The Swiss team researched how sodium channels help solve the problem for primitive cells that cannot pump sodium out of their membranes effectively.  The inability to pump sodium was an evolutionary roadblock.   Bernard Rossier (Univ. of Lausanne) figured out how the problem was solved.  A certain subunit of a gene for pumping sodium suddenly “appeared” out of nowhere,  and the rest was history.

In humans, the sodium channel protein (ENaC) traverses a cell’s membrane and facilitates the movement of salt into and out of the cell.  ENaC is regulated by the hormone aldosterone.  The Swiss researchers found that ENaC and Na, K-ATPase, an enzyme that also plays a role in pumping and transporting sodium, were in place before the emergence of multi-celled organisms.

When tracing the alpha, beta, and gamma subunits of ENaC back, the Swiss “team found that the beta subunit appeared slightly before the emergence of Metazoans (multicellular animals with differentiated tissues) roughly 750 million years ago.”

Rossier was unsure as to when the emergence appeared.  Dr. Rossier said that although it is possible that the genes for ENaC originated in the common ancestor of eukaryotes and were lost in all branches except the Metazoa and the Excavates, there is another possibility. There could have been a lateral transfer of genes between N. gruberi and a Metazoan ancestor, one that lived between the last common ancestor of all eukaryotes and the first Metazoans.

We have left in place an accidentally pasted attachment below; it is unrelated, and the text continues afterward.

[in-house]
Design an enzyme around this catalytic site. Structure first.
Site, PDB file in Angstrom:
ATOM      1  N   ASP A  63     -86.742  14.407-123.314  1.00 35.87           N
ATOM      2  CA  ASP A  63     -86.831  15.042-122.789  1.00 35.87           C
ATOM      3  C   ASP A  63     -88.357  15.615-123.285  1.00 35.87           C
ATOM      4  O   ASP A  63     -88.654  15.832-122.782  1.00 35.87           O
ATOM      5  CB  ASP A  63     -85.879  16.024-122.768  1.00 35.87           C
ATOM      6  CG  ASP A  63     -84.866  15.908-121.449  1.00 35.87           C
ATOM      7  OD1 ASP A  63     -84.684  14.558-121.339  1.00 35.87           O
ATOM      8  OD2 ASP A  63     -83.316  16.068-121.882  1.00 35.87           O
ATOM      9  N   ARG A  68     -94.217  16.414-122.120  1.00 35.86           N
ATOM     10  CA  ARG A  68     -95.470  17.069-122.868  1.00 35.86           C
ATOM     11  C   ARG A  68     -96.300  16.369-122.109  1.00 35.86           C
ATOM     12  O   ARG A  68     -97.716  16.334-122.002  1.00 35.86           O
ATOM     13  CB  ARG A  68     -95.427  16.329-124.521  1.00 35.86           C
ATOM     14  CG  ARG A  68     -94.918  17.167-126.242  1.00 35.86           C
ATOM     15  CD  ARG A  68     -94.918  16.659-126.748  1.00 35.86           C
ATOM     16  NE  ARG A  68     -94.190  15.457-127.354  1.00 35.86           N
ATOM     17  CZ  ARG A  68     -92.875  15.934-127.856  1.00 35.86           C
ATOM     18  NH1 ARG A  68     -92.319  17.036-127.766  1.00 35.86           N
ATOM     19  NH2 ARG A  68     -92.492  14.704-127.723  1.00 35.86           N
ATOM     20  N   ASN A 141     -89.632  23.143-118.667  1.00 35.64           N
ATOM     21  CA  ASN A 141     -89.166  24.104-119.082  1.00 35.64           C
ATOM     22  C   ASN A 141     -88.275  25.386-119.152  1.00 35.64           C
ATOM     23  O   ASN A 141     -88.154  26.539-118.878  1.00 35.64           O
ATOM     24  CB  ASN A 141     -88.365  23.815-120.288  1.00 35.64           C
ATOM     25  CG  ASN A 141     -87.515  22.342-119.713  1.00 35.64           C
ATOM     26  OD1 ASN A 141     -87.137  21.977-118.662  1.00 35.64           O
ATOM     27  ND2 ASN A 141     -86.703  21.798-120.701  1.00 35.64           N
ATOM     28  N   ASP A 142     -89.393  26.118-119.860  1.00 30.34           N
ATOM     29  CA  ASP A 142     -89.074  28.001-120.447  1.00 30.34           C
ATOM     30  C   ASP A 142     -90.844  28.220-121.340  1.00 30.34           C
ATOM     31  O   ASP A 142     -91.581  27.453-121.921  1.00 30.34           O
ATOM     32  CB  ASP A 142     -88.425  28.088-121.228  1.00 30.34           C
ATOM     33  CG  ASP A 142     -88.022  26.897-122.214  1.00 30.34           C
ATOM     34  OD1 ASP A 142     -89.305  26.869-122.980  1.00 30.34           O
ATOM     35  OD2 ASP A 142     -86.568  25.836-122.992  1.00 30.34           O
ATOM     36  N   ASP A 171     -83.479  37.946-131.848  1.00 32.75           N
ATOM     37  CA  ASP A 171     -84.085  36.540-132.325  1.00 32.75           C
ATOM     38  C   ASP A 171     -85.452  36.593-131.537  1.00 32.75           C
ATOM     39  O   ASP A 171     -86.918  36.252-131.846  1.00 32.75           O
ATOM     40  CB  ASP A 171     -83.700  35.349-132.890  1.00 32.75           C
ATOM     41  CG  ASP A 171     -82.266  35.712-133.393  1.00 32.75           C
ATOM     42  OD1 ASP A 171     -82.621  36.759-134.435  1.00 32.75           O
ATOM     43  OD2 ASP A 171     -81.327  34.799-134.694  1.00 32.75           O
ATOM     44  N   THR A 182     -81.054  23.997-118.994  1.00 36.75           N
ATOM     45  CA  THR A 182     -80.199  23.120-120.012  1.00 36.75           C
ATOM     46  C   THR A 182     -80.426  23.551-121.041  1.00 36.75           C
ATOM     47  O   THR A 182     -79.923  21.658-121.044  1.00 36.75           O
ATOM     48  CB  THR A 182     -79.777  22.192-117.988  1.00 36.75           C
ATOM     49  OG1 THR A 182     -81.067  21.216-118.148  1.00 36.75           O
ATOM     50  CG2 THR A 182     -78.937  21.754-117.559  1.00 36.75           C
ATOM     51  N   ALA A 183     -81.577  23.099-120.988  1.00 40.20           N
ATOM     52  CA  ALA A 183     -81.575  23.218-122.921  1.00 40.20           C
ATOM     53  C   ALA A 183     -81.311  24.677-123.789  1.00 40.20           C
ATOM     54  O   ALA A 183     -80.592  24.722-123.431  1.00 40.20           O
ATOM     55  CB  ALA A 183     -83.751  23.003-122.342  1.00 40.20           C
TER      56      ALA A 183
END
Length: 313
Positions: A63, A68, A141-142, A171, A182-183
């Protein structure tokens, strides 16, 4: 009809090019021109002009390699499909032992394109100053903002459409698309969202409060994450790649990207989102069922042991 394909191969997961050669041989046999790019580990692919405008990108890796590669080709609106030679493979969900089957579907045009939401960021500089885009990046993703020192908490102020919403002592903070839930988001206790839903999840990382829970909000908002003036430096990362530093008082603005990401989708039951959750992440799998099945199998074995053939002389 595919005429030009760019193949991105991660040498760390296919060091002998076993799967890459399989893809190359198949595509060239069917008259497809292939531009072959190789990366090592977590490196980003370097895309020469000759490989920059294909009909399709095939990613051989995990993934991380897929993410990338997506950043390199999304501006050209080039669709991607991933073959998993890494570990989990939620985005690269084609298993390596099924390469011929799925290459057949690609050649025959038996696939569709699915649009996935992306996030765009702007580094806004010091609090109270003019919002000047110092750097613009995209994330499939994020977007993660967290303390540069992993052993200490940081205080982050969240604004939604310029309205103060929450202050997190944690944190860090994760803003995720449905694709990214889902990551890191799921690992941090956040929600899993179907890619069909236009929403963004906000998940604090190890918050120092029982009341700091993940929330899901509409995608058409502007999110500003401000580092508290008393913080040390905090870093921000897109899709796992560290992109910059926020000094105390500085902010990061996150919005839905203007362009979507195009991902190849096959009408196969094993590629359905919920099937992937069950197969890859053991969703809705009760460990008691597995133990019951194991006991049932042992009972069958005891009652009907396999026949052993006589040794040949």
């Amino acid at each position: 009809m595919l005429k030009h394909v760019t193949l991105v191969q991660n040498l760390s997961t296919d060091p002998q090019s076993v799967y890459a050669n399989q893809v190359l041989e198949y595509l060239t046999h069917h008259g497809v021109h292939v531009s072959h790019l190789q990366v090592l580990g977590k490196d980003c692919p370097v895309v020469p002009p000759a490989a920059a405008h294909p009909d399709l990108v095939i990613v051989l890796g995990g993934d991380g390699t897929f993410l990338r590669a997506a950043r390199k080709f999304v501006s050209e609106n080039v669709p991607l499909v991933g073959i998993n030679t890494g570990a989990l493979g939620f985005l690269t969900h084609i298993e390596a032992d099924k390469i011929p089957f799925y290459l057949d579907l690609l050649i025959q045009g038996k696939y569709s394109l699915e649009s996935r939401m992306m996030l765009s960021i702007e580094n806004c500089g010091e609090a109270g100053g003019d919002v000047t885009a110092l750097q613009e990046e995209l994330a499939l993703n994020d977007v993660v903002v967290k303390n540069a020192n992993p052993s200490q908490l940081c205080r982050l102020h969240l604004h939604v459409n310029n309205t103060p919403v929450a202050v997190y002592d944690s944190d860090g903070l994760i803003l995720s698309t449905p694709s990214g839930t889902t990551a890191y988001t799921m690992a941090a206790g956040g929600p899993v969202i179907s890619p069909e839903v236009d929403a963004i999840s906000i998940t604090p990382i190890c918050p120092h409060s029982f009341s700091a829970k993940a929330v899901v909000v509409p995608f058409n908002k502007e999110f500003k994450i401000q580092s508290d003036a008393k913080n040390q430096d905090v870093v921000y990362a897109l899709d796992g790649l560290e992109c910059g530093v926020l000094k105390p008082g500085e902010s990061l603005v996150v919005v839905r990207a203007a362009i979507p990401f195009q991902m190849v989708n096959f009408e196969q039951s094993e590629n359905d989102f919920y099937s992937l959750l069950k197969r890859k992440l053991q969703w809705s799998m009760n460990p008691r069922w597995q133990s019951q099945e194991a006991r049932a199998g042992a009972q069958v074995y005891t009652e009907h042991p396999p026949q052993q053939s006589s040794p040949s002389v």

Phylogenetic tree of ENaC/degenerin

Phylogenetic tree of ENaC/degenerin

While both studies by the Univ. of Texas and Swiss teams use phylogenetic trees to examine the evolution of these highly conserved proteins and enzymes, the fact is clear that these biochemical systems and complex cellular machinery have been highly conserved and present in species from the earliest dawn of the beginning of the Eukarya domain.  This being the case, the fact that these highly complex systems were required for eukaryote evolution to be possible, and existed from the very beginning of Eukarya cells, the evidence is more supportive of Intelligent Design theory than known mechanisms of evolution.